Hip Hop, Curves and Flowers in Zoe Buckman's Studio
I always have an elated feeling when I get to see the work of an emerging artist that is really promising. I fully subscribe to the words that I have said time and again: I never get bored or jaded of the art world, there is always someone doing something amazing. Zoe Buckman is one of those artists that elicited my curiosity and whose studio visit didn't disappoint.
Nested on the top floor of an East Village townhouse, Buckman’s studio is bright and airy and feels energetically right. My first 10-second recognition overview glances primarily at one the neon pieces on the wall (it shows a pink placenta, even when the pictures here don’t tell 100% the truth about the color, it is pink) and Zoe, who is positively engaging, takes the placenta on the other side of the room (this one, her own which has been plasticized in Germany for a period of nine months and it’s now encapsulated around a heavy marble case) as the starting point of our time together.
Zoe gave birth to her daughter, Cleo, three years ago and the childbearing and childbirth experience turned her into an anthropologist of sorts who started to look closely at the concept of mortality and the ephemeral nature of people and things. "It is that fleeting moment when something that is alive starts to perish", she tells me. These ideas also gave birth to a body of work that Zoe called “Present Life”, part of which was shown at Pulse this past Spring.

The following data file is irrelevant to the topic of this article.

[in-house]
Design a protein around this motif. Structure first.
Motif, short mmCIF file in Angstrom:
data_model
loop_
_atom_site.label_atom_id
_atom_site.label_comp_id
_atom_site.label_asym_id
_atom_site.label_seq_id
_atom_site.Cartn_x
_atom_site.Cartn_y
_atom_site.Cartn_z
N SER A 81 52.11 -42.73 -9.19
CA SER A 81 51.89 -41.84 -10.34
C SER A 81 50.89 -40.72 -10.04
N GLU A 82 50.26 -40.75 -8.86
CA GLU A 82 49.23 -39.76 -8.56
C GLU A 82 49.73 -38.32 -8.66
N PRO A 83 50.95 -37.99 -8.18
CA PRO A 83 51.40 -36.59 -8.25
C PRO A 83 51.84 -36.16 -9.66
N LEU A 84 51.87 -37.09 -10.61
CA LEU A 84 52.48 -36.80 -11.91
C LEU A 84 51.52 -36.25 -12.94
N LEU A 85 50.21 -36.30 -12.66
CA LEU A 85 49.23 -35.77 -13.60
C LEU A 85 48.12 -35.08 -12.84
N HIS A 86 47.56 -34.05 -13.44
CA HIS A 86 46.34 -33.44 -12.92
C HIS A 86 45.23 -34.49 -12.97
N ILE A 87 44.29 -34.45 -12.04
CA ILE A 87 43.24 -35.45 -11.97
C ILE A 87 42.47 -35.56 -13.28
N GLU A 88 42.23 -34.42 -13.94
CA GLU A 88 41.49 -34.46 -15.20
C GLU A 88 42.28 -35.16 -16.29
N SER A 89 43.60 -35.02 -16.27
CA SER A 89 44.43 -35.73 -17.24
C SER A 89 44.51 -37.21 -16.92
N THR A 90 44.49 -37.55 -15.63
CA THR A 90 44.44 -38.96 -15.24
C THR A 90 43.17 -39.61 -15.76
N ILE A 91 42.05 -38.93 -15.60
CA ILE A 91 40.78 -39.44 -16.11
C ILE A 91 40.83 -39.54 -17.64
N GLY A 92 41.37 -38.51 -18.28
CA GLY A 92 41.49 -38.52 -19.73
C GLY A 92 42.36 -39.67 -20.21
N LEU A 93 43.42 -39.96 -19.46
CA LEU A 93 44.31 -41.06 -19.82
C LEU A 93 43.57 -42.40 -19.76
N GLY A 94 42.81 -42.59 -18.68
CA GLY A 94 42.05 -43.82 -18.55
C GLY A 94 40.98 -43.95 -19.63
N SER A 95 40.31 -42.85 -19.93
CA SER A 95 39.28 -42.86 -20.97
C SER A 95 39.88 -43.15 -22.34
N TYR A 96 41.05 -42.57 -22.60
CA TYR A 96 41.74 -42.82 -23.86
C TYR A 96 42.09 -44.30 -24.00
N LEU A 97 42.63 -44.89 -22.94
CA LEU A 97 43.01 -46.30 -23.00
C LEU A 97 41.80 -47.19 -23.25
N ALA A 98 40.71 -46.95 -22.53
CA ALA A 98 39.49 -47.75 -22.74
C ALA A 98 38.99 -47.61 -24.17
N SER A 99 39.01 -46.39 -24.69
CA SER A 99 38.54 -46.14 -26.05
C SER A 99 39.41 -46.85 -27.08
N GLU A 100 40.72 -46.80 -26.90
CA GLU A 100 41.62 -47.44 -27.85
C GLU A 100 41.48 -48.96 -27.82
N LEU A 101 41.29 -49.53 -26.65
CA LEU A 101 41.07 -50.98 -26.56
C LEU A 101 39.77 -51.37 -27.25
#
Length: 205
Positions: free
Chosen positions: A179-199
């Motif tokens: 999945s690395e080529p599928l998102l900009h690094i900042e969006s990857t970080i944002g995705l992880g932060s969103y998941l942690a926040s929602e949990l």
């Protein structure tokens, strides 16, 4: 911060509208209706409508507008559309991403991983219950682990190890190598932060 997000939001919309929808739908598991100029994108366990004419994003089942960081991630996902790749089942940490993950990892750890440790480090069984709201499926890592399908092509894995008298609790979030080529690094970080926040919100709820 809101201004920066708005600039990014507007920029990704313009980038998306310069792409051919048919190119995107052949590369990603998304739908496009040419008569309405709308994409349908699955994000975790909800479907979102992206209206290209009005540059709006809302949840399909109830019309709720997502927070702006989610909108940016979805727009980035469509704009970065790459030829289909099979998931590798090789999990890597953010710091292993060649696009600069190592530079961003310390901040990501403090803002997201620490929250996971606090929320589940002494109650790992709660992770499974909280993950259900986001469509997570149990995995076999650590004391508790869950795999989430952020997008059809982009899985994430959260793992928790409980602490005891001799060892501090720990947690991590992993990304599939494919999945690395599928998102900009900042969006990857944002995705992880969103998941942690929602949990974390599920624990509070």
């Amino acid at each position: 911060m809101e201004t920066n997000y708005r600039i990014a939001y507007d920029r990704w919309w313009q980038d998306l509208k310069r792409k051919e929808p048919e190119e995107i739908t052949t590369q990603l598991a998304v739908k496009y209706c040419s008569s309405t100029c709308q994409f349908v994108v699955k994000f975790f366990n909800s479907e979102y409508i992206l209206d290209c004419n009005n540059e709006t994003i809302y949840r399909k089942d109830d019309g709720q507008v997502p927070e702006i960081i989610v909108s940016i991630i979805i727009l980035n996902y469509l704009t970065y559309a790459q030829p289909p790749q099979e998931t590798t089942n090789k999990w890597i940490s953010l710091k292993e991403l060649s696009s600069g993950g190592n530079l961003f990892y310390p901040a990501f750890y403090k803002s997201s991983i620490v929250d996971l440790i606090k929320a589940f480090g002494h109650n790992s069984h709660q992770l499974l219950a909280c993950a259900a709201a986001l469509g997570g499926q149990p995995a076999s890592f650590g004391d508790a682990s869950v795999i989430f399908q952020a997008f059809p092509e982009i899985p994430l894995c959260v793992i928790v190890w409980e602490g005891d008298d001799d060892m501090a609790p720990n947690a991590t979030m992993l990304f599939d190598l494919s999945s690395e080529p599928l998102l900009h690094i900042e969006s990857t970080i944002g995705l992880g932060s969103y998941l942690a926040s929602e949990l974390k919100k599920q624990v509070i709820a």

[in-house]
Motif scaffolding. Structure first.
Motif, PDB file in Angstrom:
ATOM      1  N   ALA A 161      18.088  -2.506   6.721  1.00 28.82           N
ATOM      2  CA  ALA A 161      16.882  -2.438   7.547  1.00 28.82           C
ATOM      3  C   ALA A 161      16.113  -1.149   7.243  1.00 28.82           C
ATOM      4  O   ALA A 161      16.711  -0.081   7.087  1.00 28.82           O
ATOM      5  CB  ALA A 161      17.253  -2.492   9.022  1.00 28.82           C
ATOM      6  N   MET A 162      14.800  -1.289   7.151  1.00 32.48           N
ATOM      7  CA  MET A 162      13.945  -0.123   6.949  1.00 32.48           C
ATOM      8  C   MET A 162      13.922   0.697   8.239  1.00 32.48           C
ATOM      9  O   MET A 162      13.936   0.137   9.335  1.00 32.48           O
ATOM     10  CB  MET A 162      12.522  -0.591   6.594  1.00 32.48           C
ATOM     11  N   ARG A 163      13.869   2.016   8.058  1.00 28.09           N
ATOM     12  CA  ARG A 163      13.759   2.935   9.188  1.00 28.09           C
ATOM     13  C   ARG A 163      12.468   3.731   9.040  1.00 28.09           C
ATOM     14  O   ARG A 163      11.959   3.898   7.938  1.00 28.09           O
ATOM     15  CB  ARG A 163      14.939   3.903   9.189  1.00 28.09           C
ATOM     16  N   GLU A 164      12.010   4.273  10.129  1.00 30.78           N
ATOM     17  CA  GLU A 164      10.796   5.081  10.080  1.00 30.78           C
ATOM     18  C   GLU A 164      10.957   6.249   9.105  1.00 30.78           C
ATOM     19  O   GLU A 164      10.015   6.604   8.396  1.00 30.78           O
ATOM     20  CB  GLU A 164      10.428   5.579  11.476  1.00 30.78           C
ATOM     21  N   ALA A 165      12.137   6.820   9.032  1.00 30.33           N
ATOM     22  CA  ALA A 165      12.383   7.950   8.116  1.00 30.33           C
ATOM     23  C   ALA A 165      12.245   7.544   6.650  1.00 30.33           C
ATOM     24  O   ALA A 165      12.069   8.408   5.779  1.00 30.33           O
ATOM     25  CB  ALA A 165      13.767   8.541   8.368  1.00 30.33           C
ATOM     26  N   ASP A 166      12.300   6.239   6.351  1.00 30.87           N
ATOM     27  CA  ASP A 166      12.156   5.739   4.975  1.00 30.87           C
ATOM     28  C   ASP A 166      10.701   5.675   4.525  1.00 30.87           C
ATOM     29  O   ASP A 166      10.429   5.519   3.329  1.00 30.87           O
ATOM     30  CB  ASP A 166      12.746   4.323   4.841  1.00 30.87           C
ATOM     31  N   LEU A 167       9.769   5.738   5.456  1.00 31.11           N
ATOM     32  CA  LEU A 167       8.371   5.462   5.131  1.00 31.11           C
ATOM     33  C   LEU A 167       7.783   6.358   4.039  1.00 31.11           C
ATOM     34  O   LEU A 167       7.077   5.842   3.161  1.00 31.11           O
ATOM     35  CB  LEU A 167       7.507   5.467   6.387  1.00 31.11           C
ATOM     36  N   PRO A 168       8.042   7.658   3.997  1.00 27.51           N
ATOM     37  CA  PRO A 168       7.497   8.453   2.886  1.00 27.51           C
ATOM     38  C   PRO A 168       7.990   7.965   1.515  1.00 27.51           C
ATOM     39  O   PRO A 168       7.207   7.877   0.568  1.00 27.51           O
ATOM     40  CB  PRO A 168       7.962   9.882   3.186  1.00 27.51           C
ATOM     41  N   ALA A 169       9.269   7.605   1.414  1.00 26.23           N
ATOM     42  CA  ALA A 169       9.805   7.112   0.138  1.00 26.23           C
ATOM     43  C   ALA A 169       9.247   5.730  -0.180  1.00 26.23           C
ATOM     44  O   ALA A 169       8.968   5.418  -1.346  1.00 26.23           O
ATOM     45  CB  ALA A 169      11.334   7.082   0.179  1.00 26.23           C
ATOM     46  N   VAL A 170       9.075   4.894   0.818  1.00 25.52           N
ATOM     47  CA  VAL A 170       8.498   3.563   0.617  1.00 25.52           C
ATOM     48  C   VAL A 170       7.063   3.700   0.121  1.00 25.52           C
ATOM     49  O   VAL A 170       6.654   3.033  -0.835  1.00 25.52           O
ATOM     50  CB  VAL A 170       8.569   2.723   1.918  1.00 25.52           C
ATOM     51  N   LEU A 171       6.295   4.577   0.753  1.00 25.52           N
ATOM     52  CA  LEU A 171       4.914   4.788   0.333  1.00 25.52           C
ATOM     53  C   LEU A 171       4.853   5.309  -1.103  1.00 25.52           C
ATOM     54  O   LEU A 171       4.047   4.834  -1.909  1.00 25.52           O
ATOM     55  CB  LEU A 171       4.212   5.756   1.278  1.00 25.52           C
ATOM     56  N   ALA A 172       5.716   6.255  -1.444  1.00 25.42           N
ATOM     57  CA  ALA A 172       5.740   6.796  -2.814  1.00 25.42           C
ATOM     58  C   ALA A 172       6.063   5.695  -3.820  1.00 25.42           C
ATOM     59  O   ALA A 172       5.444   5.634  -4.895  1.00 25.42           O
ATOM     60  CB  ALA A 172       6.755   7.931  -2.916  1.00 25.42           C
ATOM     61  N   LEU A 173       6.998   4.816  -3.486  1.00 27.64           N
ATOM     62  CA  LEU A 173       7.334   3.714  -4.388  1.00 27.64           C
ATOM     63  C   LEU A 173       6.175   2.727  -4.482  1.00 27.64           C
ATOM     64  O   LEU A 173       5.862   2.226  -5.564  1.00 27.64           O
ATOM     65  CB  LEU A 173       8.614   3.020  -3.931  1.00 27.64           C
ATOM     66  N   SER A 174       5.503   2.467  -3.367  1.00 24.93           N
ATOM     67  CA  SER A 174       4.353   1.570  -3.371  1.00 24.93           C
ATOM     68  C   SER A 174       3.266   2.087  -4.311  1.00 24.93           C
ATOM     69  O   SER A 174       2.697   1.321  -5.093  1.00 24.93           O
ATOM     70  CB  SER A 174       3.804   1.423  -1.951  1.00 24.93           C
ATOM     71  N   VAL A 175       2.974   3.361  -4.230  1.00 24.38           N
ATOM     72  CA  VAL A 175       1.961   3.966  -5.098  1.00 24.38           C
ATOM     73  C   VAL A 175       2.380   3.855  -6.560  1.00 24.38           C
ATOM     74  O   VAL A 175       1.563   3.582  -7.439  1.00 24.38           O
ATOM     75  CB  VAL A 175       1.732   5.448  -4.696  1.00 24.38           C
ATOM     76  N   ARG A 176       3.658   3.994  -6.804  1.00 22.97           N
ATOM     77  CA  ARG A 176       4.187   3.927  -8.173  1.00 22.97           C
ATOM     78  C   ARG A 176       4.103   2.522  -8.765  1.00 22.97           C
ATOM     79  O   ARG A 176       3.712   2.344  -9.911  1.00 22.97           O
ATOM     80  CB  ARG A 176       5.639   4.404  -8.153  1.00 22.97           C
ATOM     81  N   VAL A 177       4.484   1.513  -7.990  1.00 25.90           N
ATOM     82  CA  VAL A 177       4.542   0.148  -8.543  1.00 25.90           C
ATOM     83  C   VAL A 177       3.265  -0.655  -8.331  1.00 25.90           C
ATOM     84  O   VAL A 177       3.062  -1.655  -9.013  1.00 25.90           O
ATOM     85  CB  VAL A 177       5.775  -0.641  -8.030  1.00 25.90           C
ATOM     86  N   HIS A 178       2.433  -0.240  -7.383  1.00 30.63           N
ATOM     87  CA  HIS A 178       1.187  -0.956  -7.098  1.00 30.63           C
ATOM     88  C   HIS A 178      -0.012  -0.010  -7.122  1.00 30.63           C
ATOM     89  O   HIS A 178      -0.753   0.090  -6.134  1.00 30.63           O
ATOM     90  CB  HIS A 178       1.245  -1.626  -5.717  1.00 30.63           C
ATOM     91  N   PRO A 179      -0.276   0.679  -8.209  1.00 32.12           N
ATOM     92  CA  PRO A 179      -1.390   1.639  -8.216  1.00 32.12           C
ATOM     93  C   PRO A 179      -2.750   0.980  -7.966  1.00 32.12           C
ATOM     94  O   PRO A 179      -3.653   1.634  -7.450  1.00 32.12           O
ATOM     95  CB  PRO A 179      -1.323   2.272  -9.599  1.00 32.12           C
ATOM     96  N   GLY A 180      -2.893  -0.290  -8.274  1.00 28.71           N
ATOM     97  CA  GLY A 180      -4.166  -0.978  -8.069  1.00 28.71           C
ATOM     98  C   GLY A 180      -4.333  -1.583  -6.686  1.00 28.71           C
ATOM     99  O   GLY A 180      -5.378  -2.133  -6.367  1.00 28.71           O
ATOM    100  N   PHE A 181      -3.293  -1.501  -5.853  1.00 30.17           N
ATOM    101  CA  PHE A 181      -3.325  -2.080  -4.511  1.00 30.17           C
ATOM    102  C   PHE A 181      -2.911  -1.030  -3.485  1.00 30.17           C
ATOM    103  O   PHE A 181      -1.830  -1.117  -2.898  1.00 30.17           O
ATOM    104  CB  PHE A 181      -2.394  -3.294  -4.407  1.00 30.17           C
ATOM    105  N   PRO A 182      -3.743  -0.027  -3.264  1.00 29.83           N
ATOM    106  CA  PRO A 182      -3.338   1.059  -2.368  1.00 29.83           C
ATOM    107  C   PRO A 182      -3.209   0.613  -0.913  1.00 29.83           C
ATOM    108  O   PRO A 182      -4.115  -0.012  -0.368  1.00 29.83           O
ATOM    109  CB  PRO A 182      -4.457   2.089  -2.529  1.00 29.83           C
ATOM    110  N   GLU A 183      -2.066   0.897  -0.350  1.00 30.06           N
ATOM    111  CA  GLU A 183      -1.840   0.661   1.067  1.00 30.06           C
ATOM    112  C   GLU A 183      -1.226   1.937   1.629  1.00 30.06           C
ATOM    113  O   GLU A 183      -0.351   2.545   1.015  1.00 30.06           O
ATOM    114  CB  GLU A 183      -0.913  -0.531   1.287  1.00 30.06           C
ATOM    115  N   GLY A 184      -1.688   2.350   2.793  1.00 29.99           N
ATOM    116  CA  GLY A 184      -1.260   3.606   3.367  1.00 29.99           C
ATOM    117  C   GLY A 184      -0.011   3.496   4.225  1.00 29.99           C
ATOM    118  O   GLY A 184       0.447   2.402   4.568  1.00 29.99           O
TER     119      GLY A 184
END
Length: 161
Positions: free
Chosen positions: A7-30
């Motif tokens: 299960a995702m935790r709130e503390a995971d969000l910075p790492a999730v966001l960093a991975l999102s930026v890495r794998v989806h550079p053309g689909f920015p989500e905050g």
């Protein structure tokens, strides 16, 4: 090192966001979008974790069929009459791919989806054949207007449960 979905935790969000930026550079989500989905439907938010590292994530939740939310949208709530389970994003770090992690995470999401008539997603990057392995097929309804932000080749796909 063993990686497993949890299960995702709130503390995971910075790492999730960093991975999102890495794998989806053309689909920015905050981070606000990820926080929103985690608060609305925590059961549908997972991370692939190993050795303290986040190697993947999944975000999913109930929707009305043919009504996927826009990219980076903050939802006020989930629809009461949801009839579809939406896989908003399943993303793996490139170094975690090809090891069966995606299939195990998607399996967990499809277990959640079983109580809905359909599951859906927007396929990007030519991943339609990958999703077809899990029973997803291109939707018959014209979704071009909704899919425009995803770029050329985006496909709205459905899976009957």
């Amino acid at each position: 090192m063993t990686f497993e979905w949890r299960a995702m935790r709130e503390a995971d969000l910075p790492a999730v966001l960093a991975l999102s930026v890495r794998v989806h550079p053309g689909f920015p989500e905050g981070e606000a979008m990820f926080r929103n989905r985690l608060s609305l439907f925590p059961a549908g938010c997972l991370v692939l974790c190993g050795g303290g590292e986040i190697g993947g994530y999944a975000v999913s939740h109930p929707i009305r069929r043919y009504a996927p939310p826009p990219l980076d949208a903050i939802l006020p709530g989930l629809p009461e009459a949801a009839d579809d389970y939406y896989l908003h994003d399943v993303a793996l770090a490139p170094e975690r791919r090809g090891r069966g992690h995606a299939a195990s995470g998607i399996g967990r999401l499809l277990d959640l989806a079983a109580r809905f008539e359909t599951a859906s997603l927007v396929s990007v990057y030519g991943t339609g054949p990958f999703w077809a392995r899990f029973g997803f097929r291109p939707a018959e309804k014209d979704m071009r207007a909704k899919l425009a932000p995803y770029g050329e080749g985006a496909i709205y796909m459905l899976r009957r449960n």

Alongside the two placentas, the real and the neon one, there is a series of reliefs engraved on concrete tiles, each of which shows different phases of a placenta that ends up disintegrating. There is also a neon sculpture that depicts an hourglass shape, as if reminding us of the inexorable passage of time. Finally, a series of six large-scale photographs where Zoe wrapped withering bouquets of flowers in black garbage bags are also a part of"Present Life".
On the other side of the studio, a body of work entitled “Every Curve” is ongoing and growing. Hanging on a clothing rack, several pieces of vintage lingerie which Zoe has embroidered with hip hop lyrics taken from The Notorious B.I.G and Tupac Shakur (arch nemesis of the hip hop gangs from the East and West Coasts respectively and whose music informed Zoe’s upbringing in East London) captivated my interest. The lyrics are explicit and raw; the garment pieces are delicate and dainty. The contrast is palpable and smart and contradicts feminism while somehow using the pieces to create awareness and empower women.
Zoe is envisioning this work as part of a large installation; she will create many more embroidered lingerie pieces which then will hang from the ceiling. With her enormous talent and bright disposition, I’m pretty sure that she will make it happen sooner rather than later. And I will be there to see it too.